The COVID-19 Pandemic and Global Food Security

Fernando O. Mardones, Karl M. Rich, Lisa A. Boden, Andrea I. Moreno-Switt, Marisa L. Caipo, Natalia Zimin-Veselkoff, Abdulaziz M. Alateeqi and Isabelle Baltenweck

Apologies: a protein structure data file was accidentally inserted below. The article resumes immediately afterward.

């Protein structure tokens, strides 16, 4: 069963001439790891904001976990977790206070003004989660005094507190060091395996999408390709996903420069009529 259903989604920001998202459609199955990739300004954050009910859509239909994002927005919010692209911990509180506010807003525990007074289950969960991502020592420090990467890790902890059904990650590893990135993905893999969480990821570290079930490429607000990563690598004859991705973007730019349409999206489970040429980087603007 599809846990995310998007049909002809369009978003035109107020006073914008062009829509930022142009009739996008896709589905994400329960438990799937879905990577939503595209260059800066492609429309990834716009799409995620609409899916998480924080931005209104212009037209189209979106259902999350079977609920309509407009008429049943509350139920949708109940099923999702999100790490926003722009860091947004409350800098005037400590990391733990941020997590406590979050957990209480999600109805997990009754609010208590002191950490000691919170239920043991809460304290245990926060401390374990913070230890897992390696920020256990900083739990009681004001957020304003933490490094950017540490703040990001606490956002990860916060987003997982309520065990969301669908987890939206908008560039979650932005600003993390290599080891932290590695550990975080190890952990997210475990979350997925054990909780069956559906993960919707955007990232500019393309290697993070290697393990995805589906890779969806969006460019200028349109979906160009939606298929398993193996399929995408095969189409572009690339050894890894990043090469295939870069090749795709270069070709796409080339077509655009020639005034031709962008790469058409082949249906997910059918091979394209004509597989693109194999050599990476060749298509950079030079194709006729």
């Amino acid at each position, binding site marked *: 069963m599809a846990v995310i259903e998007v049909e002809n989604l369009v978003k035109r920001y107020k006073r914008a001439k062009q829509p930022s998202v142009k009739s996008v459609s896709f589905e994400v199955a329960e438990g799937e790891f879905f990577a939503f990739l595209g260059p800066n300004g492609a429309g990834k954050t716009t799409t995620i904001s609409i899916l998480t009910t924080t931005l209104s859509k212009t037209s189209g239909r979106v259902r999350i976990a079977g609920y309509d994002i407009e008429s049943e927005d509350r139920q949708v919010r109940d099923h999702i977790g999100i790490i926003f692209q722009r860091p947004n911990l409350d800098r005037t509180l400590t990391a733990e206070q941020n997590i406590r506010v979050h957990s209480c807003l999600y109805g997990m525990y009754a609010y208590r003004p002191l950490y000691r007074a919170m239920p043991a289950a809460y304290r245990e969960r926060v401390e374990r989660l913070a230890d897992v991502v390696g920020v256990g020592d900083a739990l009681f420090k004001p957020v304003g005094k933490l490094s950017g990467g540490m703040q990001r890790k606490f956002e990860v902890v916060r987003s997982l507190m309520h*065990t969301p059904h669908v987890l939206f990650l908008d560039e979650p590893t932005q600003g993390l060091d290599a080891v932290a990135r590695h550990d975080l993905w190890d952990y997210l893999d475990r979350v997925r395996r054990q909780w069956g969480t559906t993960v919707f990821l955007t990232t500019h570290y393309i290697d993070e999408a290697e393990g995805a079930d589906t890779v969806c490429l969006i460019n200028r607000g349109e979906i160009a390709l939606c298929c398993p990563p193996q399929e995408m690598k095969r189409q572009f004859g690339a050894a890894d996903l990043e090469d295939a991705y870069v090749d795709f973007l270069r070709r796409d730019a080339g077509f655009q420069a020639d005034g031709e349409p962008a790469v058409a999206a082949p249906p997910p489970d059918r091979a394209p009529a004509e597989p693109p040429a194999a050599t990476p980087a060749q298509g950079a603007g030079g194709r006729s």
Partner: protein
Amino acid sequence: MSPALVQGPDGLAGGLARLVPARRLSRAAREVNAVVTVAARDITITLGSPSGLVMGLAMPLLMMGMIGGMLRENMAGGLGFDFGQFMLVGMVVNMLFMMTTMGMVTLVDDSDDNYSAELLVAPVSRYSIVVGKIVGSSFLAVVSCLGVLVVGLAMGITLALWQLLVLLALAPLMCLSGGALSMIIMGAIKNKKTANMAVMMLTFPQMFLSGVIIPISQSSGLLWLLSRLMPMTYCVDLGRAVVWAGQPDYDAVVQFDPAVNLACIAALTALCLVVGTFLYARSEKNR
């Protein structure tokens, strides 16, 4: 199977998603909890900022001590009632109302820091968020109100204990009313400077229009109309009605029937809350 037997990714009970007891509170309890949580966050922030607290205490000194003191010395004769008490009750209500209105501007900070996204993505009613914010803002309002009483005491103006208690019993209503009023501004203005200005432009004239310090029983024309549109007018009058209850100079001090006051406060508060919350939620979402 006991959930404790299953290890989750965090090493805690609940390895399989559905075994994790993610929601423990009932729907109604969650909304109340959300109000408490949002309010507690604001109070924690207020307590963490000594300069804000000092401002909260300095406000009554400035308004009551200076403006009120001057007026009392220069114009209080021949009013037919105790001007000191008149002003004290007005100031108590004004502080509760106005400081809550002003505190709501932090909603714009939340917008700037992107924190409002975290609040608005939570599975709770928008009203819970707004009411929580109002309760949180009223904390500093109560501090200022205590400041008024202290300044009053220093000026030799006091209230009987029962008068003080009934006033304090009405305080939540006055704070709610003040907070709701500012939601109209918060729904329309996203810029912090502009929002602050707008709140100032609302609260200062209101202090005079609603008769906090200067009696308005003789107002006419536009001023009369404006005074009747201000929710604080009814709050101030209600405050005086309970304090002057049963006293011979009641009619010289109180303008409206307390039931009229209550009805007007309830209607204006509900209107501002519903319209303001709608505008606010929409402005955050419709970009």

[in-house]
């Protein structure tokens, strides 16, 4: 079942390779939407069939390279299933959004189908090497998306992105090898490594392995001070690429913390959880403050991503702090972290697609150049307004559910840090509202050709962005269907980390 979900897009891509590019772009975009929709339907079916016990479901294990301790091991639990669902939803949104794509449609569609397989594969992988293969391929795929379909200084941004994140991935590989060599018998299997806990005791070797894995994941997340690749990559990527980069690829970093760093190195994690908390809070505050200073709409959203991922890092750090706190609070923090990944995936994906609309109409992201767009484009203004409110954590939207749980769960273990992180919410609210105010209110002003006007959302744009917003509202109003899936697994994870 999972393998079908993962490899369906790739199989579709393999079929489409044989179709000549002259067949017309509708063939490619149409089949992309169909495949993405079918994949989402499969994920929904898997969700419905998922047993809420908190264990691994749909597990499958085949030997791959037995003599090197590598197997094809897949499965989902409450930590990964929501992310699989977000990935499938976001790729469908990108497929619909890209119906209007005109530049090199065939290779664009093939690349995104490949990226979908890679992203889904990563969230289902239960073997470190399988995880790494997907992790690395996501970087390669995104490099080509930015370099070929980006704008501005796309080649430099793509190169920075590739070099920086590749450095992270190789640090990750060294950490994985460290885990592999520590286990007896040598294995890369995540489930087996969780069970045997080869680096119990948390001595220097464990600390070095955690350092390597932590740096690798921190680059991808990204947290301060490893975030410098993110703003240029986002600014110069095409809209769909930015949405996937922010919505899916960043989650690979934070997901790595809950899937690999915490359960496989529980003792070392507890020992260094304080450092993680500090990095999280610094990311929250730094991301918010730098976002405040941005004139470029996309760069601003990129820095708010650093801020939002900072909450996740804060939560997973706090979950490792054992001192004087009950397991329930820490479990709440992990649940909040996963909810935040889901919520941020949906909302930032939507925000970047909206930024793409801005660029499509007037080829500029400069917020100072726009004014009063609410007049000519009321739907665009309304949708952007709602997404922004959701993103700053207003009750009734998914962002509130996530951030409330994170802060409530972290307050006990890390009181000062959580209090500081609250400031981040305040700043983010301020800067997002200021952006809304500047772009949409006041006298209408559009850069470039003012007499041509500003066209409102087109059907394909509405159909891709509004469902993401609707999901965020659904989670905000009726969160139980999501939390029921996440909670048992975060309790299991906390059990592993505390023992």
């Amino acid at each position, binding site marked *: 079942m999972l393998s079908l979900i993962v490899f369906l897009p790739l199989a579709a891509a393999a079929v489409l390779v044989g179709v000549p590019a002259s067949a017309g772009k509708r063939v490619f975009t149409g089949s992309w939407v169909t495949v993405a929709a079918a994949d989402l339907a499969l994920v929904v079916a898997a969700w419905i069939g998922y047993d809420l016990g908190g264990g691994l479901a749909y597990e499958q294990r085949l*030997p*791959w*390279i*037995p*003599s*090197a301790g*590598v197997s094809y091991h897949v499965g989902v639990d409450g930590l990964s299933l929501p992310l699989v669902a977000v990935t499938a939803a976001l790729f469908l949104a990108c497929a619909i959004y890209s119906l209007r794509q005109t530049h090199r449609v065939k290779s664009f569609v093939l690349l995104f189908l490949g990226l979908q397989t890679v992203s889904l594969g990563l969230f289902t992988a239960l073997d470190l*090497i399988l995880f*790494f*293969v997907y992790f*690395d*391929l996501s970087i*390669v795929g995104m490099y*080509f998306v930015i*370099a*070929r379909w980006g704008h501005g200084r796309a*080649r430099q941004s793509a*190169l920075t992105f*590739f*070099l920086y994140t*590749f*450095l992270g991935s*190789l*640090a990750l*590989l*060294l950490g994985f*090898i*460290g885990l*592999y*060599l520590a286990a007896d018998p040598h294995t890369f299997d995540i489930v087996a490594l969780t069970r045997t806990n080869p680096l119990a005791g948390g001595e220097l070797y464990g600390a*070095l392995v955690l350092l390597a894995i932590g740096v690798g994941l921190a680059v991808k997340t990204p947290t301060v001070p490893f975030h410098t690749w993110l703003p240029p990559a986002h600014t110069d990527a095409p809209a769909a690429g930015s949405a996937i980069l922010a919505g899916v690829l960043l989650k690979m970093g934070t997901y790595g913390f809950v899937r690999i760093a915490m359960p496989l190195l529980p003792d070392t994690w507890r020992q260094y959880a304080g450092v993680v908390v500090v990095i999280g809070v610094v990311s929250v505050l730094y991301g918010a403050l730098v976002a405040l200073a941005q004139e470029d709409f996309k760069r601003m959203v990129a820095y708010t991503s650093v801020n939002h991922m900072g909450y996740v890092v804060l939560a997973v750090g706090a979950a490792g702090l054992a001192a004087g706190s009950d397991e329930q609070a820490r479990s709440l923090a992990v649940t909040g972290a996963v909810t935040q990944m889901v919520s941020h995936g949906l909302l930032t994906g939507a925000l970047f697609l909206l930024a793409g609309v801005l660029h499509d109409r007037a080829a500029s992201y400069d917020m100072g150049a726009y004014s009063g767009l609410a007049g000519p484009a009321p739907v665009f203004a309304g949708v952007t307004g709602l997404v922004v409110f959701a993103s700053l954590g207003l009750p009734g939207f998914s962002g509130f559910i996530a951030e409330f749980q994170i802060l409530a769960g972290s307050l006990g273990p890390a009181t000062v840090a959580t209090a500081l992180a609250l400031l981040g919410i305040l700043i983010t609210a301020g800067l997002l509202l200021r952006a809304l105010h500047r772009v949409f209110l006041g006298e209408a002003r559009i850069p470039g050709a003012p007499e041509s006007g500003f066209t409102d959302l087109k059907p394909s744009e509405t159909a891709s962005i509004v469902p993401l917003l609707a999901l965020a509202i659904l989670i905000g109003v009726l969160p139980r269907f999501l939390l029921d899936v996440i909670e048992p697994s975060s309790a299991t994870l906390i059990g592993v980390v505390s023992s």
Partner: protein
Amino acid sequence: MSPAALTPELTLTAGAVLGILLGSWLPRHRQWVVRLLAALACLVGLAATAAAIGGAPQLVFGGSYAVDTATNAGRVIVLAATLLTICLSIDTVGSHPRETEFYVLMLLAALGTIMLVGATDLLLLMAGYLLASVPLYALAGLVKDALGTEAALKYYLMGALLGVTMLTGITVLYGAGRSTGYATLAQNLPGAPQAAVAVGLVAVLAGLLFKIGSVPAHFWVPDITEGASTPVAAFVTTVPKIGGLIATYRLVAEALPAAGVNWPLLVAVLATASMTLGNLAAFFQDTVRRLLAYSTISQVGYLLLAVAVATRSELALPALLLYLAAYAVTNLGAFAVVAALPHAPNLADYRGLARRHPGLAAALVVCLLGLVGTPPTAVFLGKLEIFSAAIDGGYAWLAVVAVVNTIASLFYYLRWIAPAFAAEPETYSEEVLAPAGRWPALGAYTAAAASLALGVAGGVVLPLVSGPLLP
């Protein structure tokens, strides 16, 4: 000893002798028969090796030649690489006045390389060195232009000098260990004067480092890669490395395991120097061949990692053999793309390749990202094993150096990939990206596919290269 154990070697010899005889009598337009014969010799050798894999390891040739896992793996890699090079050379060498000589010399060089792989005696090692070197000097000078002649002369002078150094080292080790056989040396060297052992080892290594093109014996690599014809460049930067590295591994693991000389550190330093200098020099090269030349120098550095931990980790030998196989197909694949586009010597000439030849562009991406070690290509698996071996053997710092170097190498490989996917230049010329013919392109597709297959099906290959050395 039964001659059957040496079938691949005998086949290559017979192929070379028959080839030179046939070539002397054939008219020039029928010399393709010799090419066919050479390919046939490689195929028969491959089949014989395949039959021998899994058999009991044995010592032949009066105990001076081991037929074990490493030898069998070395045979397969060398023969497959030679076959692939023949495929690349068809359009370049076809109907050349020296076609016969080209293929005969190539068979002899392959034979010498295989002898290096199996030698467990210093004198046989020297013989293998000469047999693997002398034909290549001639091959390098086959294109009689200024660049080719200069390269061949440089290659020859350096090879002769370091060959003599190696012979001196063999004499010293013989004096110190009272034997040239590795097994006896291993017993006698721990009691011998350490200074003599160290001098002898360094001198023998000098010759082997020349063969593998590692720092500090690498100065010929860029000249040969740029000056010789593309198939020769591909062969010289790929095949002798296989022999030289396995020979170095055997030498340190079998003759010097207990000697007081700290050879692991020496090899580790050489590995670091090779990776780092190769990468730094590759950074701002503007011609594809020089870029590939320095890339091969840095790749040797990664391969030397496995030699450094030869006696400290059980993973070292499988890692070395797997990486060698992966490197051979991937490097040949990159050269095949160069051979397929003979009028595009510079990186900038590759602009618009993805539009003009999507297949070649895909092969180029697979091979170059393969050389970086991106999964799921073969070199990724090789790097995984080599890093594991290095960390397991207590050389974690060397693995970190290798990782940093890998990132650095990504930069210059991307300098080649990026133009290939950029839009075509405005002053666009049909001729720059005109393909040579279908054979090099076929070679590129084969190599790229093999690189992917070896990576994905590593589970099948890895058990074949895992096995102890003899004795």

We present scientific perspectives on the impact of the COVID-19 pandemic and global food security. International organizations and current evidence based on other respiratory viruses suggests COVID-19 is not a food safety issue, i.e., there is no evidence associating food or food packaging with the transmission of the virus causing COVID-19 (SARS-CoV-2), yet an abundance of precaution for this exposure route seems appropriate. The pandemic, however, has had a dramatic impact on the food system, with direct and indirect consequences on lives and livelihoods of people, plants, and animals. Given the complexity of the system at risk, it is likely that some of these consequences are still to emerge over time. To date, the direct and indirect consequences of the pandemic have been substantial including restrictions on agricultural workers, planting, current and future harvests; shifts in agricultural livelihoods and food availability; food safety; plant and animal health and animal welfare; human nutrition and health; along with changes in public policies. All aspects are crucial to food security that would require “One Health” approaches as the concept may be able to manage risks in a cost-effective way with cross-sectoral, coordinated investments in human, environmental, and animal health. Like climate change, the effects of the COVID-19 pandemic will be most acutely felt by the poorest and most vulnerable countries and communities. Ultimately, to prepare for future outbreaks or threats to food systems, we must take into account the Sustainable Development Goals of the United Nations and a “Planetary Health” perspective.

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